Reading over the students’ comments several years later, it is clear that what would have moved them to feel more empowered would have been more hands-on or practical projects. Upshaw generously suggests:

Though handing students information, be it practical or theoretical,
both of which I believe are valuable to this discussion, will save
precious class time, assigning students a focused research assignment
where they can discover this information for themselves will allow
them to “own” the information and hopefully galvanize them into a more
proactive approach to the problem because they won’t see it as one
huge problem presented all at once but rather several small problems
to be encountered and overcome one-by-one just as they found them in
their research. I would also suggest a class project. If not something
hands-on such as starting a recycling drive on campus (like we tried
to do with Sigma Tau Delta), then something more ideas-based like
talking with our student representatives and getting them involved.
Even if we weren’t able to accomplish something in that one semester,
we could have possibly started the conversation on the campus as a
whole.47

On the one hand, I see the value in such an approach, which I took when I taught the recycling paper in freshman composition. Integrating contemplation and action would undoubtedly have provided a valve for relieving the pressure built up by a semester of readings which depicted the problem but no practical solutions.

On the other hand, student calls for more concrete tasks raise the question of what approach one should take regarding graduate education in a literature department. I return to Clark’s question regarding John Clare: “how far is the celebration of the poetic as a kind of green psychic therapy the wishful illusion of an industrial consumerist society rather than a site of effective opposition to it?”48 This question lies at the heart of a current debate in higher education, the utility and relevance of the humanities in general, and literature in particular.49 I certainly think that literature is flexible enough, powerful enough, and culturally meaningful enough to offer opposition to systemic oppression on its own, without having to embellish it with hands-on projects, even if that is not immediately evident to students during the semester. The influence of The Monkey-Wrench Gang on a generation of environmental activists of all stripes is a case in point, and the students missed the irony that, of all the texts we read, Abbey’s offers the most direct call-to-action and specific strategies which could easily be modified, yet was also the one they resisted the most. One idea to facilitate deeper consideration of this problem would be to ask students to come up with an alternative list of interventions that would be less drastic, yet as or more effective, than the saboteurs’ actions. Those could range from actions that individuals would take (recycling, driving hybrid cars, reducing their consumption levels, participating in petitions, etc.) to policy-making decisions (the list is long here). Yet I suspect that, in the end, the problem would have boiled down to the same: the challenges are tough and require more sacrifice than currently some are able and others are willing to make. Abbey’s book offered extreme actions because small gestures and lip-service just didn’t seem to be enough.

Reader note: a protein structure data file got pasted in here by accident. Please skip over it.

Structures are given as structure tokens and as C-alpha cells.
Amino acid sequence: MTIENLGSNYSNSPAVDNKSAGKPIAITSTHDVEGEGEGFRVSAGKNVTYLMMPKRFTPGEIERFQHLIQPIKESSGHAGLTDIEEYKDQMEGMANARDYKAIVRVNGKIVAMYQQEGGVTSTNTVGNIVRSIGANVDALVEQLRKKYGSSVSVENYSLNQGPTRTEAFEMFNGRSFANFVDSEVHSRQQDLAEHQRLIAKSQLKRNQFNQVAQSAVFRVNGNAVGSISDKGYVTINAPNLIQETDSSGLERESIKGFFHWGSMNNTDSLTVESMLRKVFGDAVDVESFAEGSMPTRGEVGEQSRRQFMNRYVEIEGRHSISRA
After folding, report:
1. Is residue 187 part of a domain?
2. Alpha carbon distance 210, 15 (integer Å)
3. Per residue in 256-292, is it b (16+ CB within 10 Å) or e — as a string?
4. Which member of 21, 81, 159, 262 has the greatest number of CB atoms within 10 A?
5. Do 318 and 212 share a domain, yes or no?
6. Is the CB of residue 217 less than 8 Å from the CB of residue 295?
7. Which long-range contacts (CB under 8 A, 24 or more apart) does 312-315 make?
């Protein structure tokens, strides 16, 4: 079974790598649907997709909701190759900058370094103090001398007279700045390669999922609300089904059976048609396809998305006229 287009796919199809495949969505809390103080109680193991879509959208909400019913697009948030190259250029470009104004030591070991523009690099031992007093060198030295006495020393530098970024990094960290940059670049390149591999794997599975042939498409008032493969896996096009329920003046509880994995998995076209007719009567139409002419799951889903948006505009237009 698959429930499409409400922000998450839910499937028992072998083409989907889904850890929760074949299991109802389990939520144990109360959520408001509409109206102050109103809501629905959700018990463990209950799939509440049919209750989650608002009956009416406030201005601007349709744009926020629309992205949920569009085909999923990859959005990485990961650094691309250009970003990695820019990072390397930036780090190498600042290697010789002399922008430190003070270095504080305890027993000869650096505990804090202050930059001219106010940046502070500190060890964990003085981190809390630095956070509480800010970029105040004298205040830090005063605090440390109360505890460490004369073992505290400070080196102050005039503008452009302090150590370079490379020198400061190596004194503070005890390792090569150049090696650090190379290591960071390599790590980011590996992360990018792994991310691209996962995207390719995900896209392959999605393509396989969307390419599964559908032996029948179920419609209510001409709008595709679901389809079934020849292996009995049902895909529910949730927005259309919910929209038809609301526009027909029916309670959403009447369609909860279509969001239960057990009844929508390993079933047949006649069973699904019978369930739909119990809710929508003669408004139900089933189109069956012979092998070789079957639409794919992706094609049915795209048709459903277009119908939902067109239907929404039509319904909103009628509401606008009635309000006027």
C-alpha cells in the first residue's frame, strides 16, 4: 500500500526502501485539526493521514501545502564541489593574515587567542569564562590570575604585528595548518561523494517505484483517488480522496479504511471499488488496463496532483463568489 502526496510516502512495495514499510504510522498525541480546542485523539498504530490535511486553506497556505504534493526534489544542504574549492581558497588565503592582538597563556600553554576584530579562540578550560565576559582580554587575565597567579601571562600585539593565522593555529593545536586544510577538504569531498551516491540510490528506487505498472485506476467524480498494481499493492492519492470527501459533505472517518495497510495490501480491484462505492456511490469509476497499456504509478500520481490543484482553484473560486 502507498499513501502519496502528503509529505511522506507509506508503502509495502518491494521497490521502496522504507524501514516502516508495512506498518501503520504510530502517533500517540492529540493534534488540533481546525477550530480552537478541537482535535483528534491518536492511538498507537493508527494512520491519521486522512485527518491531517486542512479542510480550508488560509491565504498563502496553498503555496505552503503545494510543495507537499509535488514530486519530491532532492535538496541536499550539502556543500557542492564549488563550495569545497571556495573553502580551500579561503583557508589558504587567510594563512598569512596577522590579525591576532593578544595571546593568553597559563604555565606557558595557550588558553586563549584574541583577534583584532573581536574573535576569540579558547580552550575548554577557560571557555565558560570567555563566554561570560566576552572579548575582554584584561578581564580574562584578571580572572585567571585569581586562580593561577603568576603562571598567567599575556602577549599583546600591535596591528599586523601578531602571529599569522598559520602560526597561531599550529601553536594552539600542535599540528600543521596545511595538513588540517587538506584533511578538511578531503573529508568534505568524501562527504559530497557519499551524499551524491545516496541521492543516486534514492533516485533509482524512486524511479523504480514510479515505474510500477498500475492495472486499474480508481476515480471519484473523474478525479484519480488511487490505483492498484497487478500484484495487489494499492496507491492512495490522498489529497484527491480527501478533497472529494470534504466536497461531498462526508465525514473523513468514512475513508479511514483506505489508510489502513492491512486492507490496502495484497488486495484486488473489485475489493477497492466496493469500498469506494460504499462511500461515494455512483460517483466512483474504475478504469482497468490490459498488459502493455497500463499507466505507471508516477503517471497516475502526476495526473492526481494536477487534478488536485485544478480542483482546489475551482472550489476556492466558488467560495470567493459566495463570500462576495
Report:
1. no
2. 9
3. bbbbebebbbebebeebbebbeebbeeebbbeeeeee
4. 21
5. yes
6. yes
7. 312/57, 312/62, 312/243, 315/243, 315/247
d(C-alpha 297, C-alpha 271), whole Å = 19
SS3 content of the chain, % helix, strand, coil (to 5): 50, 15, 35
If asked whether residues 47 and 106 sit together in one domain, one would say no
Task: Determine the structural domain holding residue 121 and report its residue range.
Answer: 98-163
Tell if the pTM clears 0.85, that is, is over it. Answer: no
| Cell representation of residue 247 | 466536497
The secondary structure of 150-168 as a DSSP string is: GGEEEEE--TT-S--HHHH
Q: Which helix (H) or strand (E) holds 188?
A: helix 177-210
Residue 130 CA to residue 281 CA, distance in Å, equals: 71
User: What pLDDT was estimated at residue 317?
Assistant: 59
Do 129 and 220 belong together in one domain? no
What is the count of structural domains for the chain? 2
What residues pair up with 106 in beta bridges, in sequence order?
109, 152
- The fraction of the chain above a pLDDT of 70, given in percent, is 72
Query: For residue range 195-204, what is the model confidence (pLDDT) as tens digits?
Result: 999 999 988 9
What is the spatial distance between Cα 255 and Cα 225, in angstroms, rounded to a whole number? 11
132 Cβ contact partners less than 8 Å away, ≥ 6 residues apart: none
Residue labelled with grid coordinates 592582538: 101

Another way I have found to mitigate the difficulty students have in connecting literature to the “real world,” and which I would implement in future iterations of this course, is to ask students to reflect on why they are studying literature, what real-world impact it could or should have, and to write their own “apology for poetry.” Having used this approach in other courses, I have found it to be an excellent exercise in metacognition which forces students to own their field of study and consider how to justify it in the face of cultural disparagement. Rather than immediately capitulate to student demand for other forms of classroom media besides literature, offering assignments like this ask them to think more deeply about why, even if, we should study literature at all, and to consider Buell’s question about the relevance of impact as a measurement of artistic merit, and indeed the much-debated question of whether literature is obligated to provide solutions to any problem.

Regarding graduate study in particular, I would pose the following questions: Should graduate students, unlike freshmen, not be responsible for overcoming their feelings of defeat on their own, without the need for step-by-step guidance from an authority figure? Is not the purpose of graduate education and, in theory, undergraduate education to encourage students to become independent thinkers and problem-solvers? Should one of the roles of the faculty member be to gauge, through assessment devices like seminar participation and research papers, the ability of each student to think critically on his or her own beyond the obvious, in preparation for later judgments that might be required, such as letters of recommendation for further graduate study or employment? My answer to these is “yes.” With or without my class, therefore, it seems that higher education often fails to inculcate a sense of agency in some of those who pass through our halls.50